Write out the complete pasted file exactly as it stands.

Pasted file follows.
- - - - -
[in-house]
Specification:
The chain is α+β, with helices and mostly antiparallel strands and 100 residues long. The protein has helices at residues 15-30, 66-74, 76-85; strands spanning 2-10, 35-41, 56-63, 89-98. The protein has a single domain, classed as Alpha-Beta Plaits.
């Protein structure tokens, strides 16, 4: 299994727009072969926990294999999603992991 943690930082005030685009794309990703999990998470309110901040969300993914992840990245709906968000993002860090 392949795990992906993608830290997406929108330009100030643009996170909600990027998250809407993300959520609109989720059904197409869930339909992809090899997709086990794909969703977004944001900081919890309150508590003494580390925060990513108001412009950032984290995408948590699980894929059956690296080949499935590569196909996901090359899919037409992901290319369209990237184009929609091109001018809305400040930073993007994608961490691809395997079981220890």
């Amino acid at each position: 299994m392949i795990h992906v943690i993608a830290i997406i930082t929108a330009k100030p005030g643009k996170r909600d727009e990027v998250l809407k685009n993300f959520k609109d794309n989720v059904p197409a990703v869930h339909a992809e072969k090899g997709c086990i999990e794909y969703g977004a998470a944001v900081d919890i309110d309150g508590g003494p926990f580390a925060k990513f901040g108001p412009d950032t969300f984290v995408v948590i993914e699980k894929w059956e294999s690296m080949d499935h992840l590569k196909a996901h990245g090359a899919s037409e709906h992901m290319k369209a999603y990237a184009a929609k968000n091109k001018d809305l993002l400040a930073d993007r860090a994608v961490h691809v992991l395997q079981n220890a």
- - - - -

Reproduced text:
[in-house]
Specification:
The chain is α+β, with helices and mostly antiparallel strands and 100 residues long. The protein has helices at residues 15-30, 66-74, 76-85; strands spanning 2-10, 35-41, 56-63, 89-98. The protein has a single domain, classed as Alpha-Beta Plaits.
């Protein structure tokens, strides 16, 4: 299994727009072969926990294999999603992991 943690930082005030685009794309990703999990998470309110901040969300993914992840990245709906968000993002860090 392949795990992906993608830290997406929108330009100030643009996170909600990027998250809407993300959520609109989720059904197409869930339909992809090899997709086990794909969703977004944001900081919890309150508590003494580390925060990513108001412009950032984290995408948590699980894929059956690296080949499935590569196909996901090359899919037409992901290319369209990237184009929609091109001018809305400040930073993007994608961490691809395997079981220890």
């Amino acid at each position: 299994m392949i795990h992906v943690i993608a830290i997406i930082t929108a330009k100030p005030g643009k996170r909600d727009e990027v998250l809407k685009n993300f959520k609109d794309n989720v059904p197409a990703v869930h339909a992809e072969k090899g997709c086990i999990e794909y969703g977004a998470a944001v900081d919890i309110d309150g508590g003494p926990f580390a925060k990513f901040g108001p412009d950032t969300f984290v995408v948590i993914e699980k894929w059956e294999s690296m080949d499935h992840l590569k196909a996901h990245g090359a899919s037409e709906h992901m290319k369209a999603y990237a184009a929609k968000n091109k001018d809305l993002l400040a930073d993007r860090a994608v961490h691809v992991l395997q079981n220890a």